What I’ve been reading this week, 14 June 2019

Women who walk or run solo, death and power in the Highlands, mental health and mountains, and the value of close observation…

Long-distance walking

TGO Challenge 2019: the gear – Chris Townsend’s summary of the gear he took on this year’s TGO Challenge – a few old favourites, and some new items on test.

Finding my way home – Julie posts some fantastic photos from a cycling journey through eastern Finland.

100 women who walk or run solo – Emily Woodhouse has compiled this list with the aim of overturning a common but problematic idea: that women who venture into the wild alone should be scared or worried.

Outdoors and environment

Menstruation on the Mountains – this is a great web feature by Chiara Bullen, TGO‘s new editorial assistant.

Death and power in the Highlands – ‘The time is rapidly coming when the few should stop the killing and the land we all live in should be managed for the many.’

Mental health and mountains – a video and some words here from Andy Wasley about the connection between mountains and mental health.

Nature: take it or leave it? – this is a wonderful testament to the value of close observation, and also a thoughtful discussion on leave-no-trace ethics.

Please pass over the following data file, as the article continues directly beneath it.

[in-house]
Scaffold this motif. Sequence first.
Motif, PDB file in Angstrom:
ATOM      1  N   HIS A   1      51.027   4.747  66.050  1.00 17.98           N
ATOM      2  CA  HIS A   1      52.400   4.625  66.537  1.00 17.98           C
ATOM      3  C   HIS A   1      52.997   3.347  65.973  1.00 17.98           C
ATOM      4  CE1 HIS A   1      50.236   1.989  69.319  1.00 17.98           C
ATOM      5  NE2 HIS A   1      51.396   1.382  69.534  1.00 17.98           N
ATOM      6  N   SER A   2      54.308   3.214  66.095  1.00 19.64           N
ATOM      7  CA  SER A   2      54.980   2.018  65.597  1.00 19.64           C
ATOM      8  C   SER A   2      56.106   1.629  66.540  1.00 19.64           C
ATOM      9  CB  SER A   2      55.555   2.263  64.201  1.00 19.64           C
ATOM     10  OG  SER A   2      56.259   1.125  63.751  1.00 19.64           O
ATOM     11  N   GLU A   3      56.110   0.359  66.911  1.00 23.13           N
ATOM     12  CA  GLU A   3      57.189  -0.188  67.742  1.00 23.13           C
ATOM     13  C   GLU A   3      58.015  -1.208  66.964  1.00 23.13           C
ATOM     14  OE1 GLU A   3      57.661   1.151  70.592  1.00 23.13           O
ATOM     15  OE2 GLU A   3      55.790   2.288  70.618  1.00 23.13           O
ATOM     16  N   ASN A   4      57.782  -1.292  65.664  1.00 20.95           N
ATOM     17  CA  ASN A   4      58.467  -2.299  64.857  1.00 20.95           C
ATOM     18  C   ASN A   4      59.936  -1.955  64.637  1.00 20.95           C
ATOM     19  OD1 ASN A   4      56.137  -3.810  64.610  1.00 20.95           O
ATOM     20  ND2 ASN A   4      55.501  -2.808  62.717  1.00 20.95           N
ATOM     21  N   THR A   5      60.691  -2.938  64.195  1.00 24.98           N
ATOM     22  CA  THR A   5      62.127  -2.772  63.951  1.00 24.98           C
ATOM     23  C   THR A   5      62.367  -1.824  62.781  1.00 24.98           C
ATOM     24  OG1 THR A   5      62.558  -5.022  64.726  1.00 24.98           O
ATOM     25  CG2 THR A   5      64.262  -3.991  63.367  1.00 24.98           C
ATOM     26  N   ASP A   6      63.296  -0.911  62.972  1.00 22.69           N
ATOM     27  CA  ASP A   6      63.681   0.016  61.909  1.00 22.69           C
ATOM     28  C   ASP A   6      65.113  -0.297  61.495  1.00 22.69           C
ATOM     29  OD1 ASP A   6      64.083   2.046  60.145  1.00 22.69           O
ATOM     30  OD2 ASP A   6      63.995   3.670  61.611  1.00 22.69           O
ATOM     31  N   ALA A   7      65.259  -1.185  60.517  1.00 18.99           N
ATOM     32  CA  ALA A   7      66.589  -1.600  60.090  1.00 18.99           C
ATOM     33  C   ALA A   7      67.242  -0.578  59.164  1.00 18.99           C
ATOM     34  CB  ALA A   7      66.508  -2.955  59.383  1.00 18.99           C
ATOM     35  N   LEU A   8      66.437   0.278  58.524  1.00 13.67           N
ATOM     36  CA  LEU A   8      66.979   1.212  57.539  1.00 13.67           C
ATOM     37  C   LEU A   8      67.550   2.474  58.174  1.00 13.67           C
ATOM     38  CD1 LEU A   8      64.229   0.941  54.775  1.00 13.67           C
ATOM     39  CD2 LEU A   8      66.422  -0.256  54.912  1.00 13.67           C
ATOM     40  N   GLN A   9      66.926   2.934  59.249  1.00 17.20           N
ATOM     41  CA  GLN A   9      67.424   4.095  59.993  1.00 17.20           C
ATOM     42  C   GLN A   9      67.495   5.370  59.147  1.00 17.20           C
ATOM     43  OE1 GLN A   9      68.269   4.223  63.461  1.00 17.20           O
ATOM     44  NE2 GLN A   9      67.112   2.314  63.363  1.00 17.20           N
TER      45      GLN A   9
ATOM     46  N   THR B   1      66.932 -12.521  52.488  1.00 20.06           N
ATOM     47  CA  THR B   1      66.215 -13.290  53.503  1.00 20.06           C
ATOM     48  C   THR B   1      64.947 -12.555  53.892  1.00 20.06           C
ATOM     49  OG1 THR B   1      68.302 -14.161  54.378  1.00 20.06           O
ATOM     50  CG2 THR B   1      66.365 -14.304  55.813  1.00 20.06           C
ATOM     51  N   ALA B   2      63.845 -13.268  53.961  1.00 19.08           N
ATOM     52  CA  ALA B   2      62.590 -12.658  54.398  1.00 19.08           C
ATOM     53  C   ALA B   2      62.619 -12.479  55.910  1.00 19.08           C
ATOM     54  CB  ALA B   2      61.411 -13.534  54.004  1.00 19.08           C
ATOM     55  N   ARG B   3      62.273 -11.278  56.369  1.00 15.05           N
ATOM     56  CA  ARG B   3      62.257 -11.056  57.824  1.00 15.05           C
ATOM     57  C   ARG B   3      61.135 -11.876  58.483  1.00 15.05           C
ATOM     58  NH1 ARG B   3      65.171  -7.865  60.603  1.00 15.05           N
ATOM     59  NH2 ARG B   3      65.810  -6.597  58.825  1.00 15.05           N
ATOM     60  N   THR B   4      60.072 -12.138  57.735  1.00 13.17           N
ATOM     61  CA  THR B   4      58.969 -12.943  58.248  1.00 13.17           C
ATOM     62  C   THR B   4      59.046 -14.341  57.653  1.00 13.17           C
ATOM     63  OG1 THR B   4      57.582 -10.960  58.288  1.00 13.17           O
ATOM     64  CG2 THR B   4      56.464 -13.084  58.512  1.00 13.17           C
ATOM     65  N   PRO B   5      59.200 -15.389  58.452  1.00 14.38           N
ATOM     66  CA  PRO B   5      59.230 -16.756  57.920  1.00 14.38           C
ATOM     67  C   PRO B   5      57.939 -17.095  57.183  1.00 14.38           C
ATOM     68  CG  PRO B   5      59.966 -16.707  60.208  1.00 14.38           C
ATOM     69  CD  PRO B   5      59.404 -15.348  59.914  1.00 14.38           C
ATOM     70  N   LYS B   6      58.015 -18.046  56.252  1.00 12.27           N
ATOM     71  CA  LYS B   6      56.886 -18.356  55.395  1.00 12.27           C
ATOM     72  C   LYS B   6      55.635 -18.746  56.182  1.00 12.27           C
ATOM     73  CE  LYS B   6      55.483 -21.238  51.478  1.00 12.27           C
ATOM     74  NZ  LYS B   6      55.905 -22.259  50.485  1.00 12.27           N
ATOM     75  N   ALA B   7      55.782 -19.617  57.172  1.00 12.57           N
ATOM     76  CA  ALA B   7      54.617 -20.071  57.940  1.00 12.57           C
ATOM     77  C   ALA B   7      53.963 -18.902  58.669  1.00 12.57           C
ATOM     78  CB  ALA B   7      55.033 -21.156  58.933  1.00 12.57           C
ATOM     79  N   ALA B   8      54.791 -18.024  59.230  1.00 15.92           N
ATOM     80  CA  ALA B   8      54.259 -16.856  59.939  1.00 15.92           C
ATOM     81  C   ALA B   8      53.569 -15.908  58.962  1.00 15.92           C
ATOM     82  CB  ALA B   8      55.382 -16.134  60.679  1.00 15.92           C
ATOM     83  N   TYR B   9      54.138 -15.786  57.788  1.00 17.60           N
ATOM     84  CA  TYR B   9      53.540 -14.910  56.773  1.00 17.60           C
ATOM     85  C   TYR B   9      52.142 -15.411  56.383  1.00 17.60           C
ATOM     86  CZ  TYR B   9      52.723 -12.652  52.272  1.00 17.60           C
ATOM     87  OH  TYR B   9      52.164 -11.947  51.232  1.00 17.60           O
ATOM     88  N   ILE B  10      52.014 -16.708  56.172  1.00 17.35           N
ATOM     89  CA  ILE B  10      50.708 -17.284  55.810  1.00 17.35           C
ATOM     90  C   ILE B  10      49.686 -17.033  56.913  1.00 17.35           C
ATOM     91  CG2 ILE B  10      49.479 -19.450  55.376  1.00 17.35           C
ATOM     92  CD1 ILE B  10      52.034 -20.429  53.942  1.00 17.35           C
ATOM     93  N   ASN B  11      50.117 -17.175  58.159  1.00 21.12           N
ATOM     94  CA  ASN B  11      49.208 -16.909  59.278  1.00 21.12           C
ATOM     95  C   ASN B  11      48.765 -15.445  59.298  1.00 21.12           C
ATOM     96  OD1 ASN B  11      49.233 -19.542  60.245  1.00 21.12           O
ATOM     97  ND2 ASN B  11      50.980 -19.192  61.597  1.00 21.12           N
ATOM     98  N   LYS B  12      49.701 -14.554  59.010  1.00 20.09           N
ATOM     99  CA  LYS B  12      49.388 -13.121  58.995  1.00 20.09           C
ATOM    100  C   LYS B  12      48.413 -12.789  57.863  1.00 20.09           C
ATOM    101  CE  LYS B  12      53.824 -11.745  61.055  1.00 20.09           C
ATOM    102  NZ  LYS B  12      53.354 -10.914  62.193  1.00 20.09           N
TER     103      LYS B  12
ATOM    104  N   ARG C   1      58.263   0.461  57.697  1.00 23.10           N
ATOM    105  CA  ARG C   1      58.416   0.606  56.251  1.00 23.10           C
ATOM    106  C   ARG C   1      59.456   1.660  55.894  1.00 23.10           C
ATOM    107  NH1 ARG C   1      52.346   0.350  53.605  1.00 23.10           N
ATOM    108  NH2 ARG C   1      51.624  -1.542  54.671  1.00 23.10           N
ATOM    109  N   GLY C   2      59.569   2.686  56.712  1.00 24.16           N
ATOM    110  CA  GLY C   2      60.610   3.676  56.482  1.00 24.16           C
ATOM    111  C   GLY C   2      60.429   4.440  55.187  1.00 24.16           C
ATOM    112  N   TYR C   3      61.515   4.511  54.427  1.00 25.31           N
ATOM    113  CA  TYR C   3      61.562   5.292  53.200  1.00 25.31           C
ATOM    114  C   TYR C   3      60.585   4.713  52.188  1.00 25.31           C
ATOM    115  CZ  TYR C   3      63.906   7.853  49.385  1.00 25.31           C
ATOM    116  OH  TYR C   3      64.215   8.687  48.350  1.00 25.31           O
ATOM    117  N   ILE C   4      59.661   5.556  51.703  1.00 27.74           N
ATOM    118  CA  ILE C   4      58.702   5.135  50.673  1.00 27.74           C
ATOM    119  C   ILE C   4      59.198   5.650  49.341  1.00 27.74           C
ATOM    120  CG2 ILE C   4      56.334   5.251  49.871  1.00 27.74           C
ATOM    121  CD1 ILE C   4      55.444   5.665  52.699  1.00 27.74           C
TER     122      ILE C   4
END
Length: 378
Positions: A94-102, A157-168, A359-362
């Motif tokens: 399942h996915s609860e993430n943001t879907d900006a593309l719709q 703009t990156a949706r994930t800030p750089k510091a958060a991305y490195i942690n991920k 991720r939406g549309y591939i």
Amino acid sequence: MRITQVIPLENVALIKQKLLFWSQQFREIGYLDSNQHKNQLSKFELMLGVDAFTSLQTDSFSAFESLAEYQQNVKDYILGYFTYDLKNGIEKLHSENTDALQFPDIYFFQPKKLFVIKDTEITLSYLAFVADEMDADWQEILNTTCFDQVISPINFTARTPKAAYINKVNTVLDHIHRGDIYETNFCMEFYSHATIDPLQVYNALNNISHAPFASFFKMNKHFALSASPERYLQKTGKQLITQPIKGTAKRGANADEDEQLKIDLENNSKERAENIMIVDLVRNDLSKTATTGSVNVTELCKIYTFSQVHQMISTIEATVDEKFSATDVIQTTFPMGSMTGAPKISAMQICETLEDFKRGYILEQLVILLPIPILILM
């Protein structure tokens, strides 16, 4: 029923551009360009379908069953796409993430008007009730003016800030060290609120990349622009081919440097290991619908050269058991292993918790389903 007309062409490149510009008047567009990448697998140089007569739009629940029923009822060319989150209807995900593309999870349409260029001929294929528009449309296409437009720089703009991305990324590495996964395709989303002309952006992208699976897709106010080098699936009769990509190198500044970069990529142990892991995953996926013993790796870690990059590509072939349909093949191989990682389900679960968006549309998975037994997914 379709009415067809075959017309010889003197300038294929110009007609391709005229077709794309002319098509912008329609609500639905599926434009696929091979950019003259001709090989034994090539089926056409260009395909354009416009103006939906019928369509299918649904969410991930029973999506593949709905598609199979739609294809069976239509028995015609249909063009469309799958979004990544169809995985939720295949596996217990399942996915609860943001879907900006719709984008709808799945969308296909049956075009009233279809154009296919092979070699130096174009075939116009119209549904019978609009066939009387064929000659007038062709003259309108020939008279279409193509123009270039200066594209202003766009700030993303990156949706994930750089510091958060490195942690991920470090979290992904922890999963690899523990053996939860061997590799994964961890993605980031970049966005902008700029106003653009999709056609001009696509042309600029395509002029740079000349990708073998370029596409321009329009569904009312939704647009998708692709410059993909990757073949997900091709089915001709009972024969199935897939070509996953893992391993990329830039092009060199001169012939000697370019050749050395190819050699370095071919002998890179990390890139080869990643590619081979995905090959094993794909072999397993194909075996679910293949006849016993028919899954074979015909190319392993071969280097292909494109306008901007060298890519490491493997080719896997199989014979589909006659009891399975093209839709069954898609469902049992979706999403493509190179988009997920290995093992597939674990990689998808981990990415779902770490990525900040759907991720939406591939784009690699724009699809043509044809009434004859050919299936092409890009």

Running in circles – why our GPS devices can betray us – an interesting piece here on the faith we put in technology. As someone who primarily uses digital wayfinding methods in the mountains now, I try to remain vigilant, but it’s undeniably true that a more hands-on and analogue approach to navigation can foster a deeper sense of connection to the landscape and your place in it.

Underworld – George Kitching heads over Glenridding Dodd and Sheffield Pike on a walk laden with history.

Two-hour ‘dose’ of nature significantly boosts health – the logical flip side is that nature deprivation is detrimental to health. This is one reason why I hate cities.

The Week in Review 294 – looking for more to read? The latest in Hendrik’s long-running series contains some great links this week.

By Alex Roddie

Award-winning outdoor and nature writer, editor, author, and photographer.

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